Sunday, January 30, 2005


On the black beach of Dyrholaey,
a cairn of stones.

Thick clouds linger on Vatnajökull,
swelling the glaciers.

From crevices in the basalt cliffs,
puffins fly out to fish.

A turf house is smothered in green,
its door open.

The pale light of the midnight sun
hides behind Mÿrdal.

This was written in the summer of 2004, part of our memories of Iceland, a land we wish to visit again one day. There is much to see there, much to take your breath away, a land of rugged yet relaxing beauty. The word "vik" means "inlet", a piece of land between two promontories. It is where the word "viking" comes from.

Friday, January 28, 2005

First Quarter Tanka

night clouds
swallow the wafer-thin
darker than shadows
my graying hair

sailing in the mist
above the trees
starlight weaves
through pine needles

Written on 13 January 2005; the first quarter appeared sharply etched in the sky, as thin as a blade, almost as though it had been polished - before the first cloud passed by.

Wednesday, January 26, 2005

For The Tsunami Victims, 2004

The earth groaned,
opening her wounds
one by one.

A fisherman
finds the net of his life
in tatters, nothing more
than one big hole.

A father caresses
his dead son again
and again, and again.

The waves have
washed away photographs,
faces, names.

A mother clutches
her small child, and runs
everywhere, nowhere.

Widows hug
their saris, lines of grief
mark their faces.
No flowers
for the mass graves.

An orphan
desperately clings
to his family tree.

After the waves
half the skies are empty;
a hundred thousand stars
have gone out.

Awakening -
how long before the waters
reach my shore?

On 26 December 2004, an underwater quake in the Indian Ocean caused massive waves to crash upon the shores of Sri Lanka, India, Thailand, and, the worst hit, the island of Aceh in Indonesia, resulting in a high toll of human life.

Published in its true form in Makata International Poetry Journal [], Vol. 6, No. 2, February 2005.

Saturday, January 22, 2005

Year's End [a haibun]

A quiet evening. I curl up on the couch, television turned off, mug of tea with lemon, plaid blanket to keep my knees warm, and think again of my mother -- the real one.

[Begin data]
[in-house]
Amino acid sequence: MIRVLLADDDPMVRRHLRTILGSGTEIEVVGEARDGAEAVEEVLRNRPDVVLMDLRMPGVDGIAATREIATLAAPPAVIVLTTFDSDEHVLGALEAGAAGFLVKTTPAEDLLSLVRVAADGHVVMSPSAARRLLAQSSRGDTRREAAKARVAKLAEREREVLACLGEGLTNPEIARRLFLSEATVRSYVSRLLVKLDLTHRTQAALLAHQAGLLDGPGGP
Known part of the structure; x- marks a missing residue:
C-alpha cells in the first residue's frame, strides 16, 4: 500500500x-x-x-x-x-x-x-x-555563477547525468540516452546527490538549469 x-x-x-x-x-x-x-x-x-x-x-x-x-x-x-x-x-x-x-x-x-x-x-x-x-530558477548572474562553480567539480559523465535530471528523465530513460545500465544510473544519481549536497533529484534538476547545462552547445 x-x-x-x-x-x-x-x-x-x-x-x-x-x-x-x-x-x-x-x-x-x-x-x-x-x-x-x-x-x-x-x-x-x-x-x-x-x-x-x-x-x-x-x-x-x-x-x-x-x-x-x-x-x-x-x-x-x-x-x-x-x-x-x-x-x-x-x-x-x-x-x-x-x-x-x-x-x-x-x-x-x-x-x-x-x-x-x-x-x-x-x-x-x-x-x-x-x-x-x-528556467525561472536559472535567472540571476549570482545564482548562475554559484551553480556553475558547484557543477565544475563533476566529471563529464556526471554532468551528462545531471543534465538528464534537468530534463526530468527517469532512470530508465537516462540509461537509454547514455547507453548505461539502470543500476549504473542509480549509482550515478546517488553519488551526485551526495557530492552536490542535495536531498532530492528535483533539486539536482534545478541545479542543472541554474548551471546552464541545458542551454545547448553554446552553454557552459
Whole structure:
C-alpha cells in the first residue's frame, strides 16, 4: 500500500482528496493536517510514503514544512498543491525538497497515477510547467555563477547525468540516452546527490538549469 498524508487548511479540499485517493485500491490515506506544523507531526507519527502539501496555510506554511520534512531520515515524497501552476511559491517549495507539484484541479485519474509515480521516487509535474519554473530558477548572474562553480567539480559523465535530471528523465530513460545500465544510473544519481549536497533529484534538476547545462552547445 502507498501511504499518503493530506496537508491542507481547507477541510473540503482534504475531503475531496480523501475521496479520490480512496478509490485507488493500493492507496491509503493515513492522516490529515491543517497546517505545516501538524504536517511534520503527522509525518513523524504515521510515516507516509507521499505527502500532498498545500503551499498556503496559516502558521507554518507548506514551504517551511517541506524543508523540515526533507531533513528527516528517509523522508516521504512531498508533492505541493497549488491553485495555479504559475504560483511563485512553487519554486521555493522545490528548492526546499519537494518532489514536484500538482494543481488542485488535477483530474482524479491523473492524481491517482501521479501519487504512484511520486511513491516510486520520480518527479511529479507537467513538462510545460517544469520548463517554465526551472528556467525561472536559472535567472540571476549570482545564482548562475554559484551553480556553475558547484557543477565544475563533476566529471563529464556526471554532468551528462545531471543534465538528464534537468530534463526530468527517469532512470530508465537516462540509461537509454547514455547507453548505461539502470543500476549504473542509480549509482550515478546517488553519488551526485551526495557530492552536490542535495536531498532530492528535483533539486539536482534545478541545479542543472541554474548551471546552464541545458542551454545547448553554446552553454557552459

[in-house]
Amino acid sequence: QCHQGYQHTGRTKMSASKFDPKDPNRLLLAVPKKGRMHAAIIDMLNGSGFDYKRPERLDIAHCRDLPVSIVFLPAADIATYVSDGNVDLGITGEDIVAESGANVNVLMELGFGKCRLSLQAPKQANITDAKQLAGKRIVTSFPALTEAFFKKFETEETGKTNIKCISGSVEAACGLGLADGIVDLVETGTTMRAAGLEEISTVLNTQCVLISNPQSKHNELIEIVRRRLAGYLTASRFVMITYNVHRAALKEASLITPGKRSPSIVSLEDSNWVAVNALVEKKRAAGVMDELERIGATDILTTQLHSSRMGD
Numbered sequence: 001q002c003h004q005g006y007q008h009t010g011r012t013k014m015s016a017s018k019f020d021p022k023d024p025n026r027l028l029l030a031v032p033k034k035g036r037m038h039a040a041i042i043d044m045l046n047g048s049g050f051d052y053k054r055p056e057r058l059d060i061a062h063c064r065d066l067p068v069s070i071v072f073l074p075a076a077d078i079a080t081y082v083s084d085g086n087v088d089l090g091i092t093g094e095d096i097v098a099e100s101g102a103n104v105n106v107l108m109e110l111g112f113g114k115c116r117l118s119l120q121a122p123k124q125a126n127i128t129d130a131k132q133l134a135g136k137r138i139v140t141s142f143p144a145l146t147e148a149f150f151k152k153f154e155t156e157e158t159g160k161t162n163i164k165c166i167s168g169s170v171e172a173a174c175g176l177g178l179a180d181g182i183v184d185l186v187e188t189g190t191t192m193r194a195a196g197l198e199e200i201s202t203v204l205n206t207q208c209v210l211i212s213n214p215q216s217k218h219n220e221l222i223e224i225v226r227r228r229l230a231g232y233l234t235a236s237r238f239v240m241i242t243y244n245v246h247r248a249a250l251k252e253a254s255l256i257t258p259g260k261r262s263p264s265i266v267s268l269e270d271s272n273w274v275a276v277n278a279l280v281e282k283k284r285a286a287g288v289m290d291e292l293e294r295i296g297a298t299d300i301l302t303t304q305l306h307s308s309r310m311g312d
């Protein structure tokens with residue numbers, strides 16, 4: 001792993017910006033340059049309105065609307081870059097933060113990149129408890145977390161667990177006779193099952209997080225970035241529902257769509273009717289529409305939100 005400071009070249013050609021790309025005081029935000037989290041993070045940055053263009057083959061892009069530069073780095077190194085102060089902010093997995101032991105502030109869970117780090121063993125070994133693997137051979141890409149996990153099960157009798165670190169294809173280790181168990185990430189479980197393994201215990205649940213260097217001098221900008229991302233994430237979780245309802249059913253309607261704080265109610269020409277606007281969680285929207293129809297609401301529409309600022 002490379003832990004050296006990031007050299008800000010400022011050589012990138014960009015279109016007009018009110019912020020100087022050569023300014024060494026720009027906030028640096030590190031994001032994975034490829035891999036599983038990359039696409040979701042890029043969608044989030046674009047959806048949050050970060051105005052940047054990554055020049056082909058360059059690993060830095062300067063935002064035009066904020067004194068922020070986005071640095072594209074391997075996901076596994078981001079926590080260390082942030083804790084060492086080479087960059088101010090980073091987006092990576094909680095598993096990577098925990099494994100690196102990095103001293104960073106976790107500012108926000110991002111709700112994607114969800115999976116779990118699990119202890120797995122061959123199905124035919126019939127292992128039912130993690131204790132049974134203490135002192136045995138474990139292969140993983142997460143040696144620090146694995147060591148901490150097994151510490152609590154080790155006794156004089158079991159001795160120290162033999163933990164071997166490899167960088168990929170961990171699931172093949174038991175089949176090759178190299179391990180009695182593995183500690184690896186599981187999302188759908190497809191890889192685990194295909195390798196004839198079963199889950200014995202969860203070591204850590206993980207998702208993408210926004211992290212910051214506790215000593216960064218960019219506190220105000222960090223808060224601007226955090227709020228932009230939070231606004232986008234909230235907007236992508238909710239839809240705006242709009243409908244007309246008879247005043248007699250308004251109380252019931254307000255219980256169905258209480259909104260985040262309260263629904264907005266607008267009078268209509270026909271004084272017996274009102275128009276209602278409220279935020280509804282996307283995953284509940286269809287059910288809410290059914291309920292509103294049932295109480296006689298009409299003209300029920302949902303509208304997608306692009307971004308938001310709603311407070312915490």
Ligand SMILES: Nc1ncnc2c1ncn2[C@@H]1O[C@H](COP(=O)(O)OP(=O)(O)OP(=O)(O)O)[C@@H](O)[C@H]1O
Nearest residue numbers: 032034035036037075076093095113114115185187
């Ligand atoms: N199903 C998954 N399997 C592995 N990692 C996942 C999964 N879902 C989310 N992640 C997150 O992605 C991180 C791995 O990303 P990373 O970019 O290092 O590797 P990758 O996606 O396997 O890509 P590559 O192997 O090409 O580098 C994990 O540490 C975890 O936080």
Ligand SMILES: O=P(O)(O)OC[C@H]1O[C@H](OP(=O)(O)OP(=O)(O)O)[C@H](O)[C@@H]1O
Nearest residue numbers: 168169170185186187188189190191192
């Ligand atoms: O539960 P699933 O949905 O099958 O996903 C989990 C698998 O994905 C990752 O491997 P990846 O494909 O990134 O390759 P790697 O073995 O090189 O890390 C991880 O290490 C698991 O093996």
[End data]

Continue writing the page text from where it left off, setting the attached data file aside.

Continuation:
She has always been an enigma to me. Every morning, I look at myself in the mirror -- at my eyes, my hair, my face with its changing expressions, and try very hard to see her. The gray in my hair makes me think of the swift passing of time. I wonder how old she is, where she comes from.

dust on the ground
the bones of
my forefathers

I have no name, no date of birth, no parentage, no photographs, no letters. I do not know the sound of her voice. Does she talk like me at the end of a long day? Do her eyebrows meet the way mine do whenever I am trying to solve a puzzle? Does she sing, weep, write poetry, walk on the beach alone? Perhaps, too, she wonders about me. No doubt, we carry parts of each other. I read this haibun aloud, pretend it is her.

wind by the river
like my mother

Outside, the darkness of a winter evening, but for the moon. I am thinking that, perhaps, she looks at it, too, sometimes. Maybe she saw it last night before she went to bed, and observed that it was the same moon as the one last month, last year, year after year, for the past forty years, and forgot it when she closed her eyes. Old moon, that has seen so many things with his one eye ... even me.

moon rising
looking for the face
that looks like me

The original version was written in week 52, 2004, in the dying days of December.

Thursday, January 20, 2005

Dyrholaey Beach - fragments

my footsteps
deeper than my shadows
at sunrise

in the cold
morning air - the clear call
of a gull

watering hole -
puffins and ducks
in the shallows

thoughts washing up
on the shore

north wind
blowing over the dune grass
sand so still

another grain of sand
on the beach

the sunset and the shore
the cries of gulls

only water
between my footsteps
and the horizon

blue glow
of early evening
a puffin's last cry

flaming sunset
even sand grains
have shadows

These haiku were mainly inspired by Dyrholaey Beach, in Iceland (southern coastline), where we spent our summer holiday in 2004, but also by the beach in Borssele, here in The Netherlands, which will one day be converted into an industrial port because it lies between Rotterdam and Antwerp (Belgium).